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Limerick’s Thomond House to close in the daytime

Hugh Silke, the founding director of Thomond House and manager Deirdre Cronin outside the site they want to develop

Hugh Silke, the founding director of Thomond House and manager Deirdre Cronin outside the site they want to develop

  • by Nick Rabbitts
 

THE only single women’s emergency hostel in the region is to close during the daytime due to “unsustainable” debts and cuts to funding.

From July 1, the Thomond House Shelter in Thomondgate will only open evenings and overnight, leaving its 24 residents left to wander the streets of Limerick by day.

The facility run by the Associated Charities Trust (ACT) is in debt by €60,000, due to cuts in HSE funding, and the fact it has to pay bridging finance on an extension which may never get off the ground due to flood-plain issues.

Manager of the centre Deirdre Cronin said the time had come to make “tough decisions”.

“This is something that has been forced upon us. We have 24 beds here, 24 people who have chaotic lives, and they depend on us. Our lottery funding has been cut by 50% and will be eliminated after this year. We have had cuts from the HSE over the last four years. We have tried not to pass on this cut, but we are now in a position where we are left with no choice,” Ms Cronin told the Limerick Leader.

For the last six years, Thomond House has been preparing to open an extension to its facility in derelict houses across the road.

But following February’s flooding, its plans could now be placed in “jeopardy”, says Hugh Silke, founding director of Thomond House.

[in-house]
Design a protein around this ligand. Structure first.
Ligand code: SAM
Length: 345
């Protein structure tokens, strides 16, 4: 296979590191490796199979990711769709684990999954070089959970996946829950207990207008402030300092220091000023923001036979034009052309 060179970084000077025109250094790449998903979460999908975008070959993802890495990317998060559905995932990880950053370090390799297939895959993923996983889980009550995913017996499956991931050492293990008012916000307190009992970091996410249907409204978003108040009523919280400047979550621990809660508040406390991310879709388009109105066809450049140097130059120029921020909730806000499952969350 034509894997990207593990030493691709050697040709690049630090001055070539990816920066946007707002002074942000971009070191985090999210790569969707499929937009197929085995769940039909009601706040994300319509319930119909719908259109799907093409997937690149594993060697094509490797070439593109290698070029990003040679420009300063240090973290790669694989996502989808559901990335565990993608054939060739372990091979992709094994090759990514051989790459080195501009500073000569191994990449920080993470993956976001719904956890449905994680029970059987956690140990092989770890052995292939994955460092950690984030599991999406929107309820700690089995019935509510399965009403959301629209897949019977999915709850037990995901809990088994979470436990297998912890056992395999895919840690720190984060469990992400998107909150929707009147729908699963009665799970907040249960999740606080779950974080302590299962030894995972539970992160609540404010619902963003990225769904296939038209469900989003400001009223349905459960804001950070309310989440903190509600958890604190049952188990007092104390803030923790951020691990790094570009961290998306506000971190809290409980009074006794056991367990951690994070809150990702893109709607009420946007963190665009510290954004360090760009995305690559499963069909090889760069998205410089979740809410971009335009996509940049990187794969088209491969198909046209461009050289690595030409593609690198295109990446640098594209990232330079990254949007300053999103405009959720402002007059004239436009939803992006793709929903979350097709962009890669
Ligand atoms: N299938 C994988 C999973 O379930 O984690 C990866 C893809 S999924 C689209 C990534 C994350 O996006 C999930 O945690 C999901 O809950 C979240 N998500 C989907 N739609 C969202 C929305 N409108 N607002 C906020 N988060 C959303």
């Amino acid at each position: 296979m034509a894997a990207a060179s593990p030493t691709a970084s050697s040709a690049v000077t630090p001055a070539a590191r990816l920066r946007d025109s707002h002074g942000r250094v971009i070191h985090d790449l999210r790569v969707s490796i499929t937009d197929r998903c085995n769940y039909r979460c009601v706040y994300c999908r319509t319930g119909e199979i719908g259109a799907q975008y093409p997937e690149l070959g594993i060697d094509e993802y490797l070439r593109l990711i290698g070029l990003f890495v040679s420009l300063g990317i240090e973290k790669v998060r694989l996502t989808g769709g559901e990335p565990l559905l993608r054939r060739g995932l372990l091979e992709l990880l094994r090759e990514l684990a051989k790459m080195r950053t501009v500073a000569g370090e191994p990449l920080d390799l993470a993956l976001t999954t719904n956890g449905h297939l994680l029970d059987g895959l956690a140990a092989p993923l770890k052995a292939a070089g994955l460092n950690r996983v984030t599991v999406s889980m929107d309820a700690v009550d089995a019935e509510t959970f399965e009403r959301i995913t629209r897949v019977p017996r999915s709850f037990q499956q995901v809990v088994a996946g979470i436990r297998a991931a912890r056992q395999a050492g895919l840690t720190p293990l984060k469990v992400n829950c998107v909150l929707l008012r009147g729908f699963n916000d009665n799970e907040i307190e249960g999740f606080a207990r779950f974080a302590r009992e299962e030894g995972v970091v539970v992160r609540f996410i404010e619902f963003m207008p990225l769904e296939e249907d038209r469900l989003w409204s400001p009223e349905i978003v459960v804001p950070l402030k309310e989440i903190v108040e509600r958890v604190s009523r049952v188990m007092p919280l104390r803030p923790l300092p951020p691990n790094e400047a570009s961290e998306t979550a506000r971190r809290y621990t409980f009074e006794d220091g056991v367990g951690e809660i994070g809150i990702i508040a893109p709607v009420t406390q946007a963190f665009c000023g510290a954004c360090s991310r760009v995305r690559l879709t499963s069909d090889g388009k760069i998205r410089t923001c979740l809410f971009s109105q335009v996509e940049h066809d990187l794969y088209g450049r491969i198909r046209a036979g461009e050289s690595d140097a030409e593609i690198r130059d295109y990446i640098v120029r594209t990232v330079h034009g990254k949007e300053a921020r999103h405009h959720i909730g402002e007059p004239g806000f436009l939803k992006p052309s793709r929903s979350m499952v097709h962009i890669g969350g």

The ACT has purchased the units, and has secured funding from JP McManus, regeneration and the Department of the Environment to develop 18 one-bedroom houses to provide permanent supported housing to people.

It secured planning permission from City Hall back in January 2008, and has spent the last five years putting in place finances for the project.

But after this expired in January 2013, the charity has struggled to secure an extension of duration to its permission because the land is subject to flooding.

Mr Silke says if planning is refused, the project is gone.

“We need this project to be adjacent for the existing service to support it. There is no funding from Revenue for new staff in this service. So the idea is that staff currently working would support the residents in the new unit,” he said.

He added that they have proposed a number of solutions to City and County Council, including higher entrances to the site, and raising part of the height of the split-level building, but to no avail.

And the bridging finances they are paying on the site opposite is one of the causes of the debt problem.

“It is a financial strain on us. All our fundrasing efforts quickly cross the road,” confirmed Ms Cronin.

Although Thomond House will close during the days of the summer months, it is hoped it will open around-the-clock when the days get colder in winter.

A spokesman for the council’s homeless services section say they hope to be in a position to resolve the situation as soon as possible.

 

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